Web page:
The word of God says, “Cry aloud, spare not, lift up thy voice like a trumpet, and show my people their transgression, and the house of Jacob their sins.” Isaiah 58:1 However please notice He says show my people their transgression and the house of Jacob their sins. God is not telling us to rebuke those who don’t know better, but those who are in the church, who have a knowledge of the truth. For example, in Exodus 25 and 1 Chronicles 15 we see that only the priests were to carry the ark and that it was to be carried on the poles. When the philistines raided the temple they took the ark back to their own temple. One of the funniest things I have read in the Bible is when their god Dagon kept falling over in front of the ark. Well the philistines decide they don’t want the ark and that they should send it back. How did they do it? Not at all like God had instructed. They handled it and put it on a cart drawn by oxen and sent it back. None of the philistines received any harm even though they did not follow God’s plan in moving the ark. They did not know any better. Years later though David is moving the ark and instead of moving it the way God had said he put in on a cart of oxen like the philistines had done. Uzza touches the ark and is struck dead. Why? Uzza knew better! David gets mad at God when he really should have been mad at himself, because if David had moved the ark the way God had said no harm would have come to Uzza, but no, David did not want to pattern himself after God on this but after the world instead. So God does not reprove those who don’t know better but he does require obedience from those who do. See 1 Chronicles 13

 It is not our mission to tell the world all that they are doing wrong. It is our mission to tell them about a God who loves them. As they form a relationship with Jesus we can teach them here and there as it becomes appropriate more and more about God’s love and His truth. (Isaiah 28:10, Matthew 28:19-20)

 A wise pastor told me a long time ago we are to be conservative towards ourselves and liberal towards others. We can show our wayward brother his error by just living a Christian life! Also I have found that when you pray God will open doors and actually have these “wayward” people ask you what is right and wrong. Wait for God to create opportunities instead of making them ourselves. Jesus says in John 5:17, “My Father worketh hitherto, and I work.” Jesus is saying He works where He sees His Father working and where His Father is creating opportunities to share the truth. Jesus shared the truth only when He knew it could be understood and appreciated. Often times He rebuked people not with His words but with His life which is a much more gentle and valid rebuke than words.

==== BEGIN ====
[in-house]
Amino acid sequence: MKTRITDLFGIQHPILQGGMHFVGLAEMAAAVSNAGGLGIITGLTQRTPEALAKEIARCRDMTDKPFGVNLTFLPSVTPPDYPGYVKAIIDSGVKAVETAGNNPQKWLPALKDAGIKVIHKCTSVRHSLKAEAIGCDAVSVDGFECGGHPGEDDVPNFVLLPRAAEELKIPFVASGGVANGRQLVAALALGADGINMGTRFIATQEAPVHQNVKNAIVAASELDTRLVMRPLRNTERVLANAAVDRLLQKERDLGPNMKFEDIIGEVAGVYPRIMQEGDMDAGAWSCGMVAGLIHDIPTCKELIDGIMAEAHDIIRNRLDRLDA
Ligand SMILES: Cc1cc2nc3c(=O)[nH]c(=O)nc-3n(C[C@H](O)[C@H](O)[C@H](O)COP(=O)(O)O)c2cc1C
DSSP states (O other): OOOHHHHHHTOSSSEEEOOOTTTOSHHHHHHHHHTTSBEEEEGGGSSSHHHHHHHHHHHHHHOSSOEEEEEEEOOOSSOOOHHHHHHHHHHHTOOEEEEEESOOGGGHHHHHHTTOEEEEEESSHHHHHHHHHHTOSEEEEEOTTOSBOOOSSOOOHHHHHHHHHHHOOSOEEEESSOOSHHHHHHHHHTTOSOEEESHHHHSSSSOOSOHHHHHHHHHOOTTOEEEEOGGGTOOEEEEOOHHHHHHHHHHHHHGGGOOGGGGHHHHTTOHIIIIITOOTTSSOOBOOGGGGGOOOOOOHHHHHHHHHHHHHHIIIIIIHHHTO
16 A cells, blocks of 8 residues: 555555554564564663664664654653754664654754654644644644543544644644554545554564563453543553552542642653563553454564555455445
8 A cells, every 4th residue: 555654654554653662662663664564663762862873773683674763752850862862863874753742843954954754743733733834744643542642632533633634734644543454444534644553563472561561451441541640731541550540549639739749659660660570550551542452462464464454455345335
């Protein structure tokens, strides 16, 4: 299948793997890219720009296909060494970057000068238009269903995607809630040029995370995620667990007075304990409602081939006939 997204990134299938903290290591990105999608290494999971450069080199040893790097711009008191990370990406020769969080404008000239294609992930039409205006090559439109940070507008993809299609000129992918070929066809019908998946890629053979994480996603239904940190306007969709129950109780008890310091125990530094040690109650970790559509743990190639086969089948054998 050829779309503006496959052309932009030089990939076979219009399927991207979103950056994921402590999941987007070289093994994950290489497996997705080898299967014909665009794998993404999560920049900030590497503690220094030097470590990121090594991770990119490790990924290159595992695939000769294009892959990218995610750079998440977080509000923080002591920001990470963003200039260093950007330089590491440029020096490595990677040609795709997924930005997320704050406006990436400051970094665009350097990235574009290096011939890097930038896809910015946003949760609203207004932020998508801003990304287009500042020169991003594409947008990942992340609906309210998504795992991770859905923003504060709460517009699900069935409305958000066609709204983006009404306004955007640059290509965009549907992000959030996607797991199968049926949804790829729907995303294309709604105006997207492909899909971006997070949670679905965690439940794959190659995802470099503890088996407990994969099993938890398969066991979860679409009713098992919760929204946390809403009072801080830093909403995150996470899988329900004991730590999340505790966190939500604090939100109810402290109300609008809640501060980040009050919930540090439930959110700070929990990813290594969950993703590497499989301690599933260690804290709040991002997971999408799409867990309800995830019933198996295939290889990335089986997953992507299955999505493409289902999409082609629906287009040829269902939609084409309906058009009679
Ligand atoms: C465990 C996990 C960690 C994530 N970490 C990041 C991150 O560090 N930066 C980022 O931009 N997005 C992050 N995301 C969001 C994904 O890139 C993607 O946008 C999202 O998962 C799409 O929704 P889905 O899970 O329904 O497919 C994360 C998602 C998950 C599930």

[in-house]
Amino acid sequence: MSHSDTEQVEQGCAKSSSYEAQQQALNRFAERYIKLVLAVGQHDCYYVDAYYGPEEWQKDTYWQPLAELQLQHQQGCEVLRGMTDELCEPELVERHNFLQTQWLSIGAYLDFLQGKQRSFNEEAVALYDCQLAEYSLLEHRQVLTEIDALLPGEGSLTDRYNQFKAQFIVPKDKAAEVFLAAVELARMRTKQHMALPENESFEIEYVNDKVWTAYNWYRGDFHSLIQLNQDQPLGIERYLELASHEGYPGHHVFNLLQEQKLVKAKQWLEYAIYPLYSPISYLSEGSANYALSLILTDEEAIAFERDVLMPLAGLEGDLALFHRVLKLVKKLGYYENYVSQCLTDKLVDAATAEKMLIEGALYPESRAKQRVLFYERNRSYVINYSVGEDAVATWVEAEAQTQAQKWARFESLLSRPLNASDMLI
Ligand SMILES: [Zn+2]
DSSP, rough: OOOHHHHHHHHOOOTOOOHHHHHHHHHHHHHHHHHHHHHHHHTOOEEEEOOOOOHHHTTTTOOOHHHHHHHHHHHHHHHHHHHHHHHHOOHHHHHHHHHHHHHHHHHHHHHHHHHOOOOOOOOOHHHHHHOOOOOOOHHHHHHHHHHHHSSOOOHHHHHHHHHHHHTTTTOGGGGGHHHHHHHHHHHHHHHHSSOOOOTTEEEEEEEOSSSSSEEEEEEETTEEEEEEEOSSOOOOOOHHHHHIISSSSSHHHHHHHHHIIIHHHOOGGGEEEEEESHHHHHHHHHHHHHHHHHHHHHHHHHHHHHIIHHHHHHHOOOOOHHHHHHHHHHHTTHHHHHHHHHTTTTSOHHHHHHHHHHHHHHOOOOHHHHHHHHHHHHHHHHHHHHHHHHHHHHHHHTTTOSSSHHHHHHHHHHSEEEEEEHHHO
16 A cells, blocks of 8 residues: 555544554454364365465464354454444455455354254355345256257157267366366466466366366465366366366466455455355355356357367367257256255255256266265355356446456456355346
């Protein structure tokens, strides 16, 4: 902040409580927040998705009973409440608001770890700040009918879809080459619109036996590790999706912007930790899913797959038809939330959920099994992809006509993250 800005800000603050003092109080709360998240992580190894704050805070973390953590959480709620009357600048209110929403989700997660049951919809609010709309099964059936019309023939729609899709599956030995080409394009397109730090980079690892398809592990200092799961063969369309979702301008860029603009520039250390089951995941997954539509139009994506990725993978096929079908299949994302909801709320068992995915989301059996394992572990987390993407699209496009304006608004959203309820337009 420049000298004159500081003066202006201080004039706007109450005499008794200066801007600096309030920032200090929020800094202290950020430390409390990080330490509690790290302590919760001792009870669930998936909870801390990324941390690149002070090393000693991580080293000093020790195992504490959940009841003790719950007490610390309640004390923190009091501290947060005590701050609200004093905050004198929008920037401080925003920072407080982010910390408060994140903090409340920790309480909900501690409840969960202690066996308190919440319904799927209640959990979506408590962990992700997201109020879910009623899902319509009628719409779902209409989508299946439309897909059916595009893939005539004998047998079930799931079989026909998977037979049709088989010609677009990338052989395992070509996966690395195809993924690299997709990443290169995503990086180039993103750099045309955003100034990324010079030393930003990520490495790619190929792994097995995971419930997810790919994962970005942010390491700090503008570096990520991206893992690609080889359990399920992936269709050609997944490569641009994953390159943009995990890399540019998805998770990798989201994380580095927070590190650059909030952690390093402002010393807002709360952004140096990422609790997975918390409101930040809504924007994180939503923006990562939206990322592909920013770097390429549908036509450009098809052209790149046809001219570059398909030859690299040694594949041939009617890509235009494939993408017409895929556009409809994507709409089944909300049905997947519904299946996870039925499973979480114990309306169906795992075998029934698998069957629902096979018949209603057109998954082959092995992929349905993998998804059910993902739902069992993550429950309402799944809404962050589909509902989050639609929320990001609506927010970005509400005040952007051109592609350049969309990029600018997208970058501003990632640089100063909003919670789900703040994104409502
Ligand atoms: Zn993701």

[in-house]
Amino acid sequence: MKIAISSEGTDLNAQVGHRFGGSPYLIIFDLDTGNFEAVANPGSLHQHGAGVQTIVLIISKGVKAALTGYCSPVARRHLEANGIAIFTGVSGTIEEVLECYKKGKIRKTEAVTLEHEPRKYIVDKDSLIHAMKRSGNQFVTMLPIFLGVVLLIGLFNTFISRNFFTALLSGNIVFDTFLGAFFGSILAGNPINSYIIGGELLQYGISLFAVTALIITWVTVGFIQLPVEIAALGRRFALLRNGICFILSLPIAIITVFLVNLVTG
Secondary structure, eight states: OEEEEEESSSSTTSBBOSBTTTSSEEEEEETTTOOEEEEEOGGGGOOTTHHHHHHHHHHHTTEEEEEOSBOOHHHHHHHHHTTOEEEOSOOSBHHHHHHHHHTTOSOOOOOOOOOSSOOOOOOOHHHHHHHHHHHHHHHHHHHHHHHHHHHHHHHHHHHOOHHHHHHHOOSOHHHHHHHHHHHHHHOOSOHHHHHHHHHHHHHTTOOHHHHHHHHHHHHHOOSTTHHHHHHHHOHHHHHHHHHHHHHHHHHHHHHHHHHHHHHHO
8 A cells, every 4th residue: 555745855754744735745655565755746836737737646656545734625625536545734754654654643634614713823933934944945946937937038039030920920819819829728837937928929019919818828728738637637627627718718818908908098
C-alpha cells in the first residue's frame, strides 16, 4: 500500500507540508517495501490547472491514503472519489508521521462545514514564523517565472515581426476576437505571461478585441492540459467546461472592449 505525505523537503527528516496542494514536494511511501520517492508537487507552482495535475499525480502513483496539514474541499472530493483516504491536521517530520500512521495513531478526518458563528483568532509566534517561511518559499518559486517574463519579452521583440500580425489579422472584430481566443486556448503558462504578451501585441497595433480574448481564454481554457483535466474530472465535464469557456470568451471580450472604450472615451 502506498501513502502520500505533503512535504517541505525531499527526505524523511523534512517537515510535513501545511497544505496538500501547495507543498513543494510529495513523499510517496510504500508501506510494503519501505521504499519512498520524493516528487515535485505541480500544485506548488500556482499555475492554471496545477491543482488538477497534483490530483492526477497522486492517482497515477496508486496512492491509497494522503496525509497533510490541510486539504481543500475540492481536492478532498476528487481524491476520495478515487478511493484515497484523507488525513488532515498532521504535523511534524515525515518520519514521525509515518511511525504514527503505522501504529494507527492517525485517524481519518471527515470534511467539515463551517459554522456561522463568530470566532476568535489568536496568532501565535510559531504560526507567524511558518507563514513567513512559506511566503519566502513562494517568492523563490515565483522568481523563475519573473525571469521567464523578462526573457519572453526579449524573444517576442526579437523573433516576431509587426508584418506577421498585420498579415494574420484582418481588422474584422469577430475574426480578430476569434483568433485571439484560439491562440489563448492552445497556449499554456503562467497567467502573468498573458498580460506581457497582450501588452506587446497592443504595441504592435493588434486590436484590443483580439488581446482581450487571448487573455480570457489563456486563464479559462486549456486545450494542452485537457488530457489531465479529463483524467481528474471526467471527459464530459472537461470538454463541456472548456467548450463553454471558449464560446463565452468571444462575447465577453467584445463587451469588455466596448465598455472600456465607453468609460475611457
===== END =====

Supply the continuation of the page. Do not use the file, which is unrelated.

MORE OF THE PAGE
Sure He often rebuked with His words, but please read this from The Desire of Ages, P. 353    “Behold,” said Jesus, “I send you forth as sheep in the midst of wolves: be ye therefore wise as serpents, and harmless as doves.” Christ Himself did not suppress one word of truth, but He spoke it always in love. He exercised the greatest tact, and thoughtful, kind attention in His intercourse with the people. He was never rude, never needlessly spoke a severe word, never gave needless pain to a sensitive soul. He did not censure human weakness. He fearlessly denounced hypocrisy, unbelief, and iniquity, but tears were in His voice as He uttered His scathing rebukes. He wept over Jerusalem, the city He loved, that refused to receive Him, the Way, the Truth, and the Life. They rejected Him, the Saviour, but He regarded them with pitying tenderness, and sorrow so deep that it broke His heart. Every soul was precious in His eyes. While He always bore Himself with divine dignity, He bowed with tenderest regard to every member of the family of God. In all men He saw fallen souls whom it was His mission to save.  

Please check out more of my studies and devotionals at InLightOfTheCross.com